Kim Hunter


Ruby’s Rap by Ruby Comer

I like strong women…like me! We change the world for the better. Think St. Joan of Arc, Mother Teresa, Gloria Steinem, and Rosa Parks. Our strength is usually fostered by pain and Ms. Kim Hunter is no exception.

Raised in New Jersey, by the age of thirteen she was injecting heroin. When Kim turned eighteen she was hooked and was forced onto the streets. For the next ten years, she was in and out of the Essex County jail twenty-six times. Then in 1989, she was charged with first-degree robbery with unlawful weapons possession and spent the next eight years at a correctional facility. During this time she was diagnosed with HIV.

Eventually she detoxed, received state certification in alcohol and drug counseling and her bachelor’s in human and social services. Kim is currently manager of the Office for Women’s Health at New Jersey’s Hyacinth AIDS Foundation (HAF), where several years earlier she had been a client. She’s been with the organization for nearly ten years.

I meet this vibrant, robust gal at the Marriott Marquis in Times Square. We dine at The View, the revolving restaurant atop the hotel, before catching the evening curtain of Broadway’s Porgy and Bess.

Ruby Comer: Kudos to your courage. What a ride you’ve had thus far, sister! Your life’s been firecracker-charged, running the gamut of emotions. I can’t wait to see what you’re going to do with the rest of your time! [She giggles.] Will you explain specifically what you do at HAF?
Kim Hunter:
My work is centered on working with both male and female offenders reentering Essex County from state and county correctional facilities. I provide supportive services that include individual substance abuse counseling and group counseling, and I facilitate a weekly co-ed substance abuse group. Additionally, I assist those transitioning from jails/prisons with work clothes, nutritional items, transportation, and referrals.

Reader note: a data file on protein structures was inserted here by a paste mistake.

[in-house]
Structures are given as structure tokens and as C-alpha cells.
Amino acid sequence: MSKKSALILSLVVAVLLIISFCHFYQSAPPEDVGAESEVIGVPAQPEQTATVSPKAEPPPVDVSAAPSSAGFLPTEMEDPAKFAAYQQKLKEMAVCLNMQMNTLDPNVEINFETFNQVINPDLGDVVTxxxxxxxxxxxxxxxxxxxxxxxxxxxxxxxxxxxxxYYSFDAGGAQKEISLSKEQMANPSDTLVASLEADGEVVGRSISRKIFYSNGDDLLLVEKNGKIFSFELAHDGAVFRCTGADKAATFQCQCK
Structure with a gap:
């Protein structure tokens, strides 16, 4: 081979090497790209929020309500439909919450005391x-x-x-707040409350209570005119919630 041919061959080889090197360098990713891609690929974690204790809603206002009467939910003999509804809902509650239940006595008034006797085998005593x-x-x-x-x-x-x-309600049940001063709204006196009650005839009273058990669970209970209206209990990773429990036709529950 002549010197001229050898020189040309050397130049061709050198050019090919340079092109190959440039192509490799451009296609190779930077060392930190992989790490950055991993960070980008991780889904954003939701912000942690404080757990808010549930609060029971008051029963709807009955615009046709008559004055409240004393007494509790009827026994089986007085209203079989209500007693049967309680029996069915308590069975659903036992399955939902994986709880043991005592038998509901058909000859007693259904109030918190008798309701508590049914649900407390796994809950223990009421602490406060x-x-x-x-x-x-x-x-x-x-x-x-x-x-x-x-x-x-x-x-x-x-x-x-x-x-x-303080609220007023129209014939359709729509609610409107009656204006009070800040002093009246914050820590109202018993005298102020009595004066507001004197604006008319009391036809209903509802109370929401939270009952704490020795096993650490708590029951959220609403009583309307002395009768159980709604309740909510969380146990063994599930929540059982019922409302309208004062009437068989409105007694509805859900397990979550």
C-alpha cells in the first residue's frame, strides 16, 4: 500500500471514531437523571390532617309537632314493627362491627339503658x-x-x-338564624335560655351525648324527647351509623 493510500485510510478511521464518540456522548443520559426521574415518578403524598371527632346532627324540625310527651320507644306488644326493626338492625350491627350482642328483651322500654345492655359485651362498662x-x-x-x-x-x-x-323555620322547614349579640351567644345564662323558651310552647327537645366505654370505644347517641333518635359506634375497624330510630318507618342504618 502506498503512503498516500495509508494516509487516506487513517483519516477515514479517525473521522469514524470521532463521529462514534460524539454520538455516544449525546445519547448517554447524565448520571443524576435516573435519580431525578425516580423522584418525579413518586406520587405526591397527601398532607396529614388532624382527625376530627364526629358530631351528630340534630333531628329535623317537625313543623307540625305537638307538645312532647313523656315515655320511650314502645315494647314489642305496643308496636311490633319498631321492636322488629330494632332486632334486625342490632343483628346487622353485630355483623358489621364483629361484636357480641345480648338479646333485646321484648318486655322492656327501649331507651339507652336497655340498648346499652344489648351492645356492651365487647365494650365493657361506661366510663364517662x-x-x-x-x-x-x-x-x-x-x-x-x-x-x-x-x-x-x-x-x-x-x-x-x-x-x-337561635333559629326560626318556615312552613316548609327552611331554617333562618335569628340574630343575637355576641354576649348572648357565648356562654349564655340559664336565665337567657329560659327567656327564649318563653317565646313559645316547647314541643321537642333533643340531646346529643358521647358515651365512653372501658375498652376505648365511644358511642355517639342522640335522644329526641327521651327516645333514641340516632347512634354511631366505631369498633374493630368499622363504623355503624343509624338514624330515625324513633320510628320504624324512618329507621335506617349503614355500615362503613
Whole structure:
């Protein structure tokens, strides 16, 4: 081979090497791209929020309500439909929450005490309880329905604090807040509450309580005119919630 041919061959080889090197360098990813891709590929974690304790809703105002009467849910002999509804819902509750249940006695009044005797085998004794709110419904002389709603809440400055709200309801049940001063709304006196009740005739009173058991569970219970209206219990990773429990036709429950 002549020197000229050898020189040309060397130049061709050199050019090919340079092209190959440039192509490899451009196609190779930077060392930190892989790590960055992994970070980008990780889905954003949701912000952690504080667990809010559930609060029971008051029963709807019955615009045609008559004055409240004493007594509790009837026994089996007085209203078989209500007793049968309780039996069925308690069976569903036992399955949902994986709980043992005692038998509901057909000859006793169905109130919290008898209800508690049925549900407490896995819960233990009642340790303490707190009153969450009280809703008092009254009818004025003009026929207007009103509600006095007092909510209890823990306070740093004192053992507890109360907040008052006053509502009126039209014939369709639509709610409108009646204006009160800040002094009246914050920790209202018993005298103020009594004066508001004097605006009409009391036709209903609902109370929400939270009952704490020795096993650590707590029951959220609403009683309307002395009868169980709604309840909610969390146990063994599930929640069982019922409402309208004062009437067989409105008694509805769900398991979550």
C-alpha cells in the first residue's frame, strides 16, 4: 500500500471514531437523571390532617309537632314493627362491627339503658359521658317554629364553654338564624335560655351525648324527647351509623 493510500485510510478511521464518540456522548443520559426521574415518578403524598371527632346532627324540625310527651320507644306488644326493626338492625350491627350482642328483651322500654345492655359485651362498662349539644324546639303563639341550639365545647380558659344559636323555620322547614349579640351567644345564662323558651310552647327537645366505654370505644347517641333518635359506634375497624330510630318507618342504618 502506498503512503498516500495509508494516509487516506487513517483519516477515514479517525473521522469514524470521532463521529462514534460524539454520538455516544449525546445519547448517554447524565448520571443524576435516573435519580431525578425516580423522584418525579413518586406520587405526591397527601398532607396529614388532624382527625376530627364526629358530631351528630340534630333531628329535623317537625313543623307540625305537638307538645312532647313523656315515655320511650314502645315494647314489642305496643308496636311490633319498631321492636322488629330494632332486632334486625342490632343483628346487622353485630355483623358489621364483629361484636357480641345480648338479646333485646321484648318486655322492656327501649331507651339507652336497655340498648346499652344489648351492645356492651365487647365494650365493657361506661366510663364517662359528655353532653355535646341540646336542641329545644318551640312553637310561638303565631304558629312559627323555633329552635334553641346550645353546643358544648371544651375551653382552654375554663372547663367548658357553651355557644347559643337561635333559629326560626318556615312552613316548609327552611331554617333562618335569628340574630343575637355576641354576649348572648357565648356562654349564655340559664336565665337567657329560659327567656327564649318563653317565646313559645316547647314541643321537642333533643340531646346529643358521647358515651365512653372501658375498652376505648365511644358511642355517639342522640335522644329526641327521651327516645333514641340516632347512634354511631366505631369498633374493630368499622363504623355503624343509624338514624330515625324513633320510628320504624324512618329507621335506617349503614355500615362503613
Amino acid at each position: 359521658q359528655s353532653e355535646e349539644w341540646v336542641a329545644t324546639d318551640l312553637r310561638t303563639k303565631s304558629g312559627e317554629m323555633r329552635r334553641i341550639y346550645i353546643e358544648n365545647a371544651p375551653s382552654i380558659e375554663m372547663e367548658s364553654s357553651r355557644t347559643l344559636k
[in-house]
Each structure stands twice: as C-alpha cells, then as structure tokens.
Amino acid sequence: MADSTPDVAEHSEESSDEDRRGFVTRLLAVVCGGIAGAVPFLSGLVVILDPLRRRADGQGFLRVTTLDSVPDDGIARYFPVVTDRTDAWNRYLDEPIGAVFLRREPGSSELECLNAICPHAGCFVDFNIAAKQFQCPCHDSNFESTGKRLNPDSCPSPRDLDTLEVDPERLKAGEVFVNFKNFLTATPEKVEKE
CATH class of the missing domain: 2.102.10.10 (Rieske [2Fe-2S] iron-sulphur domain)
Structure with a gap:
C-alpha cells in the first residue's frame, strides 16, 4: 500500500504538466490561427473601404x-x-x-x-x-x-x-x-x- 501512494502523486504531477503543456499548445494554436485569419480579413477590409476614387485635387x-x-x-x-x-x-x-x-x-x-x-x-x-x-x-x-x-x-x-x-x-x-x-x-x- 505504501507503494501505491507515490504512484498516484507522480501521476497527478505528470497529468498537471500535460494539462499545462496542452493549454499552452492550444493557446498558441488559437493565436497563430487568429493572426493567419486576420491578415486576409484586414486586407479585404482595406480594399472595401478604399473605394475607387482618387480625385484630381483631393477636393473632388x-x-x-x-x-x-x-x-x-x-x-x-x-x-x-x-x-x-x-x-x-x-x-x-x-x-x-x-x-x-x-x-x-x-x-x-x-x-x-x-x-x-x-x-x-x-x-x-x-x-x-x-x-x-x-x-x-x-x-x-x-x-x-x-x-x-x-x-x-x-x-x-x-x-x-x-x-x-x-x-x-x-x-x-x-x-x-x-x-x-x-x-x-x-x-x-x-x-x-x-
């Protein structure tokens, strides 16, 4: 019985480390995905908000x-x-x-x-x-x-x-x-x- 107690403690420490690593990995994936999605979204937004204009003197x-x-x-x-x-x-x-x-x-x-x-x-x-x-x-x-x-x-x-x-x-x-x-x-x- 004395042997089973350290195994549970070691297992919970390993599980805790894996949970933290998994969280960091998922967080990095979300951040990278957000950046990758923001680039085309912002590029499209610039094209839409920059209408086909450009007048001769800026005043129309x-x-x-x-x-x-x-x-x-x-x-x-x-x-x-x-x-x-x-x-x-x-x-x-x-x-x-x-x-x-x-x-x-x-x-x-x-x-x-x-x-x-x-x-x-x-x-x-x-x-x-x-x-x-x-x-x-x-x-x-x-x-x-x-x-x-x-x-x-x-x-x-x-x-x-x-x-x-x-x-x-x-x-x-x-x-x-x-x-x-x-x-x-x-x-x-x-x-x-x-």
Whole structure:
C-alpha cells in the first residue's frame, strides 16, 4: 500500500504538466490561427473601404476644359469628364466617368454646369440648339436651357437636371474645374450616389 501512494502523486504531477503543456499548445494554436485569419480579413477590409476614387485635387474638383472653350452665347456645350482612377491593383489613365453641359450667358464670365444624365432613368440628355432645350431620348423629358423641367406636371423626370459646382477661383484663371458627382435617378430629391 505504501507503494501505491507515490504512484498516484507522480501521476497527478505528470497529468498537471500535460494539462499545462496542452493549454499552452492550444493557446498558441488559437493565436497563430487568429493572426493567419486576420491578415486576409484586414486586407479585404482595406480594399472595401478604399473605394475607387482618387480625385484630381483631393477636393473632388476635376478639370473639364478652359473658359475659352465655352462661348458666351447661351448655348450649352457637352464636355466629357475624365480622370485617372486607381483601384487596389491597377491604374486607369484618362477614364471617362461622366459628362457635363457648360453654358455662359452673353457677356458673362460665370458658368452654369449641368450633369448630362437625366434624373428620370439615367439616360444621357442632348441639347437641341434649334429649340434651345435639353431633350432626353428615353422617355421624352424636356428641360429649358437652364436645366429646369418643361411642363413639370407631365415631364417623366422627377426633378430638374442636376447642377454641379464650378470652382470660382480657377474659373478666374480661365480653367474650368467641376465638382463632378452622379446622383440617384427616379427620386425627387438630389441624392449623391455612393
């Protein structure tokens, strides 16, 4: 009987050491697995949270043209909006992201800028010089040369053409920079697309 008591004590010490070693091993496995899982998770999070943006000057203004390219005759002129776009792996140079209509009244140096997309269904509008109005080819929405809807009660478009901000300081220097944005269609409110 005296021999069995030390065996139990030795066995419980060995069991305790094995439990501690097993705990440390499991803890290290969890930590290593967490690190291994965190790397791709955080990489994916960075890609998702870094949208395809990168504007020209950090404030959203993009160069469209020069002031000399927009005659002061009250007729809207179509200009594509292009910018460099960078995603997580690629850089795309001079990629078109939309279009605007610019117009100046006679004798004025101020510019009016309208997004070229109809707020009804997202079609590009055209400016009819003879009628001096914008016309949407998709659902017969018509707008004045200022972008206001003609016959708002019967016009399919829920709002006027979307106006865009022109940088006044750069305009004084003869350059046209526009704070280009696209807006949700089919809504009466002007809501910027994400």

You also do part time work, too, right?
Yes. I work as a private contractor through an agency named Creative Consultants Inc. I work with youth and their families in-home to provide behavioral modification counseling, anger management, skills building, and family cohesion. [She cuts off a thick piece of her seafood-steak combo and places it in her mouth. I can tell by her elation that she’s thoroughly satisfied with her choice of entrée.] My part-time work leaves me little down time, Ruby, but it can be a healthy change of pace after working with the adult population daily.

You indeed have your plate full of activity. Have you lost anyone close to AIDS?
I have lost too many friends, family, colleagues, and clients over the past three decades, Ruby.

What’s your take on the epidemic today?
Well, I’ve certainly been impacted on a personal level as an African-American female living with HIV. Moreover I am impacted by the conditions and implications centered on the rates at which women are still becoming infected. As I continue my work in the field of supportive services and advocacy, I feel that after thirty years there still is not enough emphasis on women and reducing the spread of the disease.

Isn’t it shocking?! I want to focus on your work with prison reentry.
As a formerly incarcerated woman and service provider, I know firsthand the challenges and barriers facing individuals transitioning from prison. While my transition took place at a pre-release halfway house, I was able to integrate back into society successfully by accessing the supports that I established prior to being paroled. [She briefly looks out at the sun-sparkled Hudson River.] As I look at my own needs, I had access to HIV care, stable housing and supports. I even had a job. [She pauses.] Families really need to be educated on reentry processes. Their personal expectations should also be explored upon the offender’s release.

Looking back, sum up your reentry.